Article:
This isn't that outlandish. There are already examples of folks who consumed some form of brewer's yeast that can get drunk when eating carbs. The yeast colonizes their GI tract and converts the sugars to alcohol, which is then absorbed into the blood stream.
A proposed system would probably require a dedicated "fermenting sac" lined with cells that actively pull away alcohol and dump it into another sac lined with acellular material or cells that are either very resistant to alcohol or secrete a film that is (think of how the gallbladder collects and concentrates bile produced by the liver). This would keep the alcohol level in the fermenting sac low enough to not kill off the fermenting organisms and concentrate enough alcohol in the storage sac to be flammable. Of course it is very difficult to biologically drive a gradient like this (pulling from a low concentration to a high one) so this will be a high energy consuming process. The dragon would need a robust alcohol degradation pathway in the liver to deal with any alcohol that got into the blood stream as there would inevitably be at least some leakage.
The alcohol could be stored in a non-flexible space (i.e. lined with corrosion resistant enamel, dense keratin [horn], chitin, or something) but it would need to be transferred into a muscle lined space in order to be propelled out (like how your stomach can contract to vomit), the space would need to be collapsible (like an accordion), it will have to be "flung" out via mechanical motion, or dispersed into the airway and moved out via exhaled air. But this would probably cause the dragon to inhale alcohol rich fumes unless it has a dedicated "blowhole" like an aquatic mammal for just this purpose.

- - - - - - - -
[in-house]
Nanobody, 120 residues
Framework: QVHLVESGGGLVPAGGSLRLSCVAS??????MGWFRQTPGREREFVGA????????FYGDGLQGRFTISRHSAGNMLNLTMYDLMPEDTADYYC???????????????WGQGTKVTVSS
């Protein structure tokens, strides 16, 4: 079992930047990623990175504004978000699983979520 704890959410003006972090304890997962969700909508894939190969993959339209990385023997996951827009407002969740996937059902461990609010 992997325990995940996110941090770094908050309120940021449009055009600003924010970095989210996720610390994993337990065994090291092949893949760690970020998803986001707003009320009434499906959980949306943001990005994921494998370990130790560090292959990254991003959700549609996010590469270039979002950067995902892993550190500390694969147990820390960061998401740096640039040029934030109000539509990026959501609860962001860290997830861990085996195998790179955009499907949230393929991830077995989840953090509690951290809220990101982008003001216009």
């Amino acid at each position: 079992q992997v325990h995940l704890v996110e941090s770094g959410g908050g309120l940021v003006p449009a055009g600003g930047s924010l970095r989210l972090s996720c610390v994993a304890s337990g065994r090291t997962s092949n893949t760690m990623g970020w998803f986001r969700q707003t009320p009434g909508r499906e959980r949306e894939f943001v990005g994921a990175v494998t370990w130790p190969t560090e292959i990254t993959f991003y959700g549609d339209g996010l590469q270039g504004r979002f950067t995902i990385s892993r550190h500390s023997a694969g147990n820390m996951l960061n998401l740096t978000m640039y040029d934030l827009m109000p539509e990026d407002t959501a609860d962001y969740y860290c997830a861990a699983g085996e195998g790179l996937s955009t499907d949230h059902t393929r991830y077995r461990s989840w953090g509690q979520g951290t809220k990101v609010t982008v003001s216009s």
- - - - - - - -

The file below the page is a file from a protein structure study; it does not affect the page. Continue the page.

Igniting the alcohol would be difficult via a pure biological process but perhaps the dragon could have an organ that is purposefully loaded with flint and steel (somewhat analogous to birds eating rocks to aid in mechanical digestion, i.e. the dragon ejects the alcohol from it's mouth and strikes teeth together that have embedded minerals that create a spark). Or it could have something that ignites upon exposure to air like a more volatile alcohol/gas mixture or elements like Lithium (which are horribly toxic in their own right but could be maintained in much lower quantities).
But the volume of alcohol to provide a useful stream of fire would be pretty large, severely limiting the number of times a dragon can breathe and refill the reservoir. A more payload efficient effect would be to create a aerosol cloud that is then ignited like a thermobaric fuel/air explosive but this isn't what is usually depicted in media.